KUALA LUMPUR: If there is one person who has been following the recent match-fixing scandal in Malaysia, it's Denmark's Hans-Kristian Solberg Vittinghus.
This is because in 2014, the Danish men's singles shuttler lodged a complaint with the Badminton World Federation (BWF) when he was approached by a Malaysian to manipulate the outcome of a match.
In an interview with NSTP Sports, Vittinghus revealed how it all happened and why he strongly believes that BWF will get to the bottom of the recent allegations, which involves two Malaysian professional shuttlers.
"I reported the case to BWF via the whistle blower form which is on the official website. This put me in contact with Thomas Lund (BWF secretary general),” said Vittinghus when contacted in Denmark.
“ I then gave a written declaration of what happened with copies of all the conversations with the match fixer, who was a Malaysian (but not a player).
“He was working for a brand, I do not wish to name, but the job gave him access to many events.
"I allowed BWF to take it from there. I know they involved the police but I do not know what happened to the match fixer.
“I only went public with the story six months later, so there was plenty of time for them to finish the investigation.
“I felt BWF took the matter very seriously, but I didn't ask to be kept in the loop, as I wanted to focus on badminton and not criminal cases, although I offered to be available as a witness or any other way that could have helped with the investigation."
On Tuesday, NSTP Sports revealed that a Malaysian independent player is being investigated for allegedly fixing matches.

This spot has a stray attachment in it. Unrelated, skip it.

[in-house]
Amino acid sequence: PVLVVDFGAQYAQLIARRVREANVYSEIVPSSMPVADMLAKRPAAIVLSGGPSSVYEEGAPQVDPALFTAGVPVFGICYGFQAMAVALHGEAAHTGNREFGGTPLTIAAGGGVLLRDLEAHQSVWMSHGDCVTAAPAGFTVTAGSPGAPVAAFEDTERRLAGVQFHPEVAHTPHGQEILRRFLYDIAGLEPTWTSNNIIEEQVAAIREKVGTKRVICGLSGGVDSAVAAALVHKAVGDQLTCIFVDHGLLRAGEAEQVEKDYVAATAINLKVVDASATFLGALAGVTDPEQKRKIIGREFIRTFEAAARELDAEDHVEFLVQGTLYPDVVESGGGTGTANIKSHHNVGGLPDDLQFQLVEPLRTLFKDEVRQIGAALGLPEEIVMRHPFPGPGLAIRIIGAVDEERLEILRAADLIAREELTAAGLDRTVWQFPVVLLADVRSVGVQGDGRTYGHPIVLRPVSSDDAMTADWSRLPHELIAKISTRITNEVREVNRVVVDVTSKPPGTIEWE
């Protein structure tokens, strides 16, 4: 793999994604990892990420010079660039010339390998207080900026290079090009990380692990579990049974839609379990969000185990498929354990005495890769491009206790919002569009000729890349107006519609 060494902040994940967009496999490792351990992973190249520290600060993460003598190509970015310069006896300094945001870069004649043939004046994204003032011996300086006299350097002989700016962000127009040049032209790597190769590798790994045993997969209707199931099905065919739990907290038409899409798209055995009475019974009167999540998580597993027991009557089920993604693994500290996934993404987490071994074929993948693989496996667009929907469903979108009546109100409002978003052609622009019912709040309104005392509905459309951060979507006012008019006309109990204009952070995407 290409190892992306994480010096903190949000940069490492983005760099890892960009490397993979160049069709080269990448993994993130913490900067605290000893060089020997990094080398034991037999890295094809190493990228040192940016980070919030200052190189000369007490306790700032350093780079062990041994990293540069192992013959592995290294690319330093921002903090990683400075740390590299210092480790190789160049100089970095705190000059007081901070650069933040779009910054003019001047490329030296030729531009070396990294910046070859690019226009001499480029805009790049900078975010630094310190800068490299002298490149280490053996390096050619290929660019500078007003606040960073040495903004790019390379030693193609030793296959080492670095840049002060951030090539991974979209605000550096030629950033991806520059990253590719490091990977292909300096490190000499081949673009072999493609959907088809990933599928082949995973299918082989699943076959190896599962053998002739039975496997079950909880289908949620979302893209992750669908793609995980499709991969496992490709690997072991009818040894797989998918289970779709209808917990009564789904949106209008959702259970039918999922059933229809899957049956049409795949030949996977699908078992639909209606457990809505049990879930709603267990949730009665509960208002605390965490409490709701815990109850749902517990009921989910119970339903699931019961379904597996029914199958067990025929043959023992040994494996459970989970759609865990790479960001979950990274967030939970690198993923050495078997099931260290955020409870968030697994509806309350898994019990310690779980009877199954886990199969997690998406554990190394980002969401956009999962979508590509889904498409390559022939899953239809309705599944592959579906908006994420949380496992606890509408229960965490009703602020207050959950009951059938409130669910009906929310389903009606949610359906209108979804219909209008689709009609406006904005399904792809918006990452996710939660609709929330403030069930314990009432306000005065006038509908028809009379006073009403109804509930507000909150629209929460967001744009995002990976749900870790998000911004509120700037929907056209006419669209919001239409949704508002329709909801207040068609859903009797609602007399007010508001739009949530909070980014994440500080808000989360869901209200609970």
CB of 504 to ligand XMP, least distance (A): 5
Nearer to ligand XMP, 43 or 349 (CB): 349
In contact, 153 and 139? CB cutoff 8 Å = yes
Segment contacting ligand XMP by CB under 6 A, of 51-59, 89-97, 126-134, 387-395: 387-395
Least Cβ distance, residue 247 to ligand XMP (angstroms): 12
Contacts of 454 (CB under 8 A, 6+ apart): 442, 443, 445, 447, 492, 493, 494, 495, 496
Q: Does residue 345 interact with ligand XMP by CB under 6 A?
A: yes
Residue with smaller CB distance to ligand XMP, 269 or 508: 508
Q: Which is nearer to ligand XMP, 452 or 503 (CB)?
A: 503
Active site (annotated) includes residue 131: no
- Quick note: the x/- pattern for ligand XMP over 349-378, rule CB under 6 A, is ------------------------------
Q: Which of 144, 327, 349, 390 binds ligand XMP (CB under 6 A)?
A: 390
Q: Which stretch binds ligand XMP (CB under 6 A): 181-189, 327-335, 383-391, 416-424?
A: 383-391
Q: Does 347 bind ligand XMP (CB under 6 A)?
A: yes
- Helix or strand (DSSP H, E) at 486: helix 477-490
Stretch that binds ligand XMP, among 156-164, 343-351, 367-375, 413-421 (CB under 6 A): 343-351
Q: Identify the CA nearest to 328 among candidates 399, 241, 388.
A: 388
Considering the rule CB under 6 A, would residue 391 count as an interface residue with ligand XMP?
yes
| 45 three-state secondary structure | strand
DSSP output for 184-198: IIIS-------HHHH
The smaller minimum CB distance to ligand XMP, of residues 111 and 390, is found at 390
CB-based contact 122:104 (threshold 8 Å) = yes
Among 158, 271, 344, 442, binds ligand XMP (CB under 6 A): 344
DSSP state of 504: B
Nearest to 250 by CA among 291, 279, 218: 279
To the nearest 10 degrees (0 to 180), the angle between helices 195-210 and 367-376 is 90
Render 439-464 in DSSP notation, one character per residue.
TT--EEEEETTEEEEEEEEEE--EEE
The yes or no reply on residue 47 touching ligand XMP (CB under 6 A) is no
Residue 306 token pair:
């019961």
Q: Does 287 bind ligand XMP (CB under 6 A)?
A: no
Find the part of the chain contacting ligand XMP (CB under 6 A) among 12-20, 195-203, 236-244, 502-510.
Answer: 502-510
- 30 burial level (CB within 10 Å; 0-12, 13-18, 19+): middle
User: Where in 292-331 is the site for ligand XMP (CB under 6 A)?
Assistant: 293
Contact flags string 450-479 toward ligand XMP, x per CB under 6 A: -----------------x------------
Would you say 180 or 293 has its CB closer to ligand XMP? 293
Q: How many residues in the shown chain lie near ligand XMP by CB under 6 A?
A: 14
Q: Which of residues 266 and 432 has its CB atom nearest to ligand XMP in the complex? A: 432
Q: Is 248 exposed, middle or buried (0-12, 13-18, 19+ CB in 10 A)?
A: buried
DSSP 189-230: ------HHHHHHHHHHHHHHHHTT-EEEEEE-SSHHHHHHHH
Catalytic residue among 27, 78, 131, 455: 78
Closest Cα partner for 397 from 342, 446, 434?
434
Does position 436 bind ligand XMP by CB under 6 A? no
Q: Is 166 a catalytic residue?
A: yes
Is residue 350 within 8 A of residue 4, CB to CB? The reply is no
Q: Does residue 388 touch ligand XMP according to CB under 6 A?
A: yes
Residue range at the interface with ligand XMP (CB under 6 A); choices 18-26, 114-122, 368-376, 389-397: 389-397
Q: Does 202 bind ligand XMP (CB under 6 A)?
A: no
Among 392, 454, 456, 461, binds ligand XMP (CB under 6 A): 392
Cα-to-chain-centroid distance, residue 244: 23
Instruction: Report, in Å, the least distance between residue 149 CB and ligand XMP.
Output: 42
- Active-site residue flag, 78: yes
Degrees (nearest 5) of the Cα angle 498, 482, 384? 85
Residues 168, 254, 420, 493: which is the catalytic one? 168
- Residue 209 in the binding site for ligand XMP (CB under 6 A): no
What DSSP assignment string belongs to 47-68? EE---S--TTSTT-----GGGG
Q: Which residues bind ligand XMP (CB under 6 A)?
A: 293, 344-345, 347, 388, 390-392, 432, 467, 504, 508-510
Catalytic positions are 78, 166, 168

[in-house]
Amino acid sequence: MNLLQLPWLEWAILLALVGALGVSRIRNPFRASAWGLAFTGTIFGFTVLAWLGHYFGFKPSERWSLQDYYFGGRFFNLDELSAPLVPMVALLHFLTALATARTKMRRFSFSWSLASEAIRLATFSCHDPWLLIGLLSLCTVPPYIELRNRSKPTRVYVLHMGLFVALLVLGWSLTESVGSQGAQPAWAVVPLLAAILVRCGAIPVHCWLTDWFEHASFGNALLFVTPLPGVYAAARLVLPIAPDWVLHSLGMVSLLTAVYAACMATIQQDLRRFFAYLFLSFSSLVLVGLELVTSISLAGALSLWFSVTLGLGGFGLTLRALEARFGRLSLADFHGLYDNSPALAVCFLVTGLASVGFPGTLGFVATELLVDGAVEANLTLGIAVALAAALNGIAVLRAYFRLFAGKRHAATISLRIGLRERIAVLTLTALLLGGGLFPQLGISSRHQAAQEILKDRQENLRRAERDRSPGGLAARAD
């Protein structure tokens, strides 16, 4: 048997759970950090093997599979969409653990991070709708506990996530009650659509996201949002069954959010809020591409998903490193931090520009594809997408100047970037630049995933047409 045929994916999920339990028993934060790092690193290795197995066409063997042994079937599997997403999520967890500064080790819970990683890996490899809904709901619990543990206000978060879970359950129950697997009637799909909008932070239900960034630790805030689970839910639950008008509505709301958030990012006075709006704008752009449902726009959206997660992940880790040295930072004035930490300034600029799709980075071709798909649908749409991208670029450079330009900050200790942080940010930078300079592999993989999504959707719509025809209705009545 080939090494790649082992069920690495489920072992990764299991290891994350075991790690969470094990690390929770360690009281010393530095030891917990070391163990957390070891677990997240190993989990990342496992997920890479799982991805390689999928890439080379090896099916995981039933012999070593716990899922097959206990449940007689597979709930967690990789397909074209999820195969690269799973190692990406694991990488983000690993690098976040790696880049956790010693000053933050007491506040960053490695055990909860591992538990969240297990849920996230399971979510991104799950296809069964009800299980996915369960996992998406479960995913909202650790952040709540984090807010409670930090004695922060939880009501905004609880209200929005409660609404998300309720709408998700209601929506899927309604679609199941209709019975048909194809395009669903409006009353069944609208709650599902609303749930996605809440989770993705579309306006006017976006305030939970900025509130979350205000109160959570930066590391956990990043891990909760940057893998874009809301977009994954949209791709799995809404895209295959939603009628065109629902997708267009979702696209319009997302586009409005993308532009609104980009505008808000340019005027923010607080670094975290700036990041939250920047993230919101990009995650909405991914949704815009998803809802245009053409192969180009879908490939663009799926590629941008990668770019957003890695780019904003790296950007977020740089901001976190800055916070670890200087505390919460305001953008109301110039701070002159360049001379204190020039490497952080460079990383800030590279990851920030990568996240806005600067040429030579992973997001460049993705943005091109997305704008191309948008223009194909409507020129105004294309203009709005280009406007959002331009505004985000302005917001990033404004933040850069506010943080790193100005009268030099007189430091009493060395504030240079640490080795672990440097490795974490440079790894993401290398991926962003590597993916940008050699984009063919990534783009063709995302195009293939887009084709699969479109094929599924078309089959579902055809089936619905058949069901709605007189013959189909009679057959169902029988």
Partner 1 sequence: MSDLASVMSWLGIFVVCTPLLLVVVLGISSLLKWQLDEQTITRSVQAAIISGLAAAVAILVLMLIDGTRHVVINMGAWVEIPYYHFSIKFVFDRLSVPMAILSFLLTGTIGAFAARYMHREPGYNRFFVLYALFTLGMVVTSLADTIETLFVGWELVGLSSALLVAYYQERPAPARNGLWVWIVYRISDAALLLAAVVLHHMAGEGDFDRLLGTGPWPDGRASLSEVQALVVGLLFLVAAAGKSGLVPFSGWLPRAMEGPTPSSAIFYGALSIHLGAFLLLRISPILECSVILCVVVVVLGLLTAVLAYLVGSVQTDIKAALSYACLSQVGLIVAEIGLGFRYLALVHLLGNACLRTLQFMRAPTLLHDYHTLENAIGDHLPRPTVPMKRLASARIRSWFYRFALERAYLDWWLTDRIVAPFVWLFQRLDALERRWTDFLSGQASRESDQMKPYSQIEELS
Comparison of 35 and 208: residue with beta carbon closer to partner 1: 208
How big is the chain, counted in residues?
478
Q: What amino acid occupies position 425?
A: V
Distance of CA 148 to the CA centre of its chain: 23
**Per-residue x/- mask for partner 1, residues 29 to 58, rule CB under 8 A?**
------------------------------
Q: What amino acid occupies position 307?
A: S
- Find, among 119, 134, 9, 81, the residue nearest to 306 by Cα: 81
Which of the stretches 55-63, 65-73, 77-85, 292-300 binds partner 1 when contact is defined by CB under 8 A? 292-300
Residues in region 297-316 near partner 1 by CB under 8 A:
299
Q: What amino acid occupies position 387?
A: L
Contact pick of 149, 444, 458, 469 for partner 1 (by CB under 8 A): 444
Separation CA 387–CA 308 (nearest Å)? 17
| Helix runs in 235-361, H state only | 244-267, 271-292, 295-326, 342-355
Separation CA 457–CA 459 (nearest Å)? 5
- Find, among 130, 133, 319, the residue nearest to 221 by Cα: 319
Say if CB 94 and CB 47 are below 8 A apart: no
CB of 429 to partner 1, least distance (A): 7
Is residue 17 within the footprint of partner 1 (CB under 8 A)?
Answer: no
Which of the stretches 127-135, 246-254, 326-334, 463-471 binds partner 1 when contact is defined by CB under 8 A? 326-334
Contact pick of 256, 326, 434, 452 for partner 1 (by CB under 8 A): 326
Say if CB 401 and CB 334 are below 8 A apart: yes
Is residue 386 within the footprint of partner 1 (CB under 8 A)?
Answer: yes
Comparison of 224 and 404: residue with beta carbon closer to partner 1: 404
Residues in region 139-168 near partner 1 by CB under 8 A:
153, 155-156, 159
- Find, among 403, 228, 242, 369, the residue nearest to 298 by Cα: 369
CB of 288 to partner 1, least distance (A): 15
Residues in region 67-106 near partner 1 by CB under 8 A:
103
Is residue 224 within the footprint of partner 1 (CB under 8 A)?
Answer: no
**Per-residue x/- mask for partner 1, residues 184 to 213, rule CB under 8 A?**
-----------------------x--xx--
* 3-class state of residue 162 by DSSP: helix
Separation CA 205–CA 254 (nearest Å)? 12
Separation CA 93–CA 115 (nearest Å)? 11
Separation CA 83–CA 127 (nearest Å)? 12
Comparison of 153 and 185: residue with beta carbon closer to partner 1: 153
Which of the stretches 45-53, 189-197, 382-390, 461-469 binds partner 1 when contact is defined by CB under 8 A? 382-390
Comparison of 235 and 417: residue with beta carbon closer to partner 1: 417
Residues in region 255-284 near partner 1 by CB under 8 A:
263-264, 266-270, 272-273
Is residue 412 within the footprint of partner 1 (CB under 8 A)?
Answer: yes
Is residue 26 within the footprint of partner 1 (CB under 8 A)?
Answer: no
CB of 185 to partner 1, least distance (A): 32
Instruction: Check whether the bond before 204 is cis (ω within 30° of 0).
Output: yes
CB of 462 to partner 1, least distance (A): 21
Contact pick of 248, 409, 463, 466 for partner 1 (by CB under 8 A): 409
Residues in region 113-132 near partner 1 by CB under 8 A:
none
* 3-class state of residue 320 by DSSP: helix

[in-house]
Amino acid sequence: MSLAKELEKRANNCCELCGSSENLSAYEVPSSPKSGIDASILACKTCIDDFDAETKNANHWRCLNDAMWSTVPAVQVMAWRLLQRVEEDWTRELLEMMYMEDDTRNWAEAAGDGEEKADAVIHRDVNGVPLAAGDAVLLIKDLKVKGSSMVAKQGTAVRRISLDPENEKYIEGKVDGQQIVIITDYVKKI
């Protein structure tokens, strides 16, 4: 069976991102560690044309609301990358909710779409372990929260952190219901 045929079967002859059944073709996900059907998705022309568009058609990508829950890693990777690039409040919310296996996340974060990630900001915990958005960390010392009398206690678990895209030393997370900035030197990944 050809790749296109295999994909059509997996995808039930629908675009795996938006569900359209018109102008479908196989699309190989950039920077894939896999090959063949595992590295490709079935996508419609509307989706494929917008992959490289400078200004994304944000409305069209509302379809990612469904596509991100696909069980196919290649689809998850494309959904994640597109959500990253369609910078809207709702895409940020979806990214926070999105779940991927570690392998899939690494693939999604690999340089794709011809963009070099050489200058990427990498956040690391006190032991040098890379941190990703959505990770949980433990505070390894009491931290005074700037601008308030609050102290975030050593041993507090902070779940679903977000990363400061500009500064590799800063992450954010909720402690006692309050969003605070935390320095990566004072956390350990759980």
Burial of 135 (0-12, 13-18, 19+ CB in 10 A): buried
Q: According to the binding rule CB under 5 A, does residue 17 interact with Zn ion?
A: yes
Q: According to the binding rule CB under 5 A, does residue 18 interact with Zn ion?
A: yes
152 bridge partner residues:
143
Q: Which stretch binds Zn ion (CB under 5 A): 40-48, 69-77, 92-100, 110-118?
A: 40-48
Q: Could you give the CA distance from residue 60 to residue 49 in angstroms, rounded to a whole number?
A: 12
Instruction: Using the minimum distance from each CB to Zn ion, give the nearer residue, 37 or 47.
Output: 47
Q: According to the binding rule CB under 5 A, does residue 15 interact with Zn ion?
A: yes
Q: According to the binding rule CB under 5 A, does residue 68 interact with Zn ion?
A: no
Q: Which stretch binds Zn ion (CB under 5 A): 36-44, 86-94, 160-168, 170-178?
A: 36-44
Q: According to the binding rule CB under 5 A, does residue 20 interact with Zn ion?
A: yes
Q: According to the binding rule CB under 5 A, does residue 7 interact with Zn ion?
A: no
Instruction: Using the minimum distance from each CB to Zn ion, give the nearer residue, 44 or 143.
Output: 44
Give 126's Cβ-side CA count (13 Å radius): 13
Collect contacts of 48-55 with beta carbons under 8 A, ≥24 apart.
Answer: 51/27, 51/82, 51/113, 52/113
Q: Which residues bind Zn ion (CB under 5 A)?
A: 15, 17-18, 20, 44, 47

The BA of Malaysia (BAM) confirmed on the following day that not one, but two independent players were provisionally suspended by BWF last month and barred from competitions until the investigation is completed.
Sports brand Apacs, have also acknowledged that the two players under investigation are sponsored by them.
Apacs, however, did not reveal the names, but those under their sponsorship are 2011 world junior champion Zulfadli Zulkiffli, Tan Chun Seang, Lim Khim Wah and Nur Azryn Ayub.
Both players, are expected to attend a hearing on Feb 26-27 in Singapore.
If found guilty, they could be banned for life.
"I'm pretty sure I know who the two players are.
"I have been following this case closely. I have a big interest in the whole field of sports, betting and keeping the integrity, so I’ve also given BWF several interviews over the last couple of years to keep them informed about what’s going on. You hear a lot as a player," added Vittinghus.
The World No 19 also expressed his confidence towards BWF, believing they will get to the bottom of this case.
"What I hope right now is that BWF have enough evidence against the two (which a provisional suspension clearly suggests), so that they can give a severe penalty and in that way hopefully make other players think twice before getting involved in this.
"I trust them (BWF) to do whatever they can and allocate all available resources to uphold the integrity of our sport.
“But getting to the bottom of match-fixing is not something I believe is possible. It’s the same as the fight against doping. There will always be dishonest people. “Doesn’t mean we shouldn’t fight it though and I sincerely trust BWF to do so,” the Dane added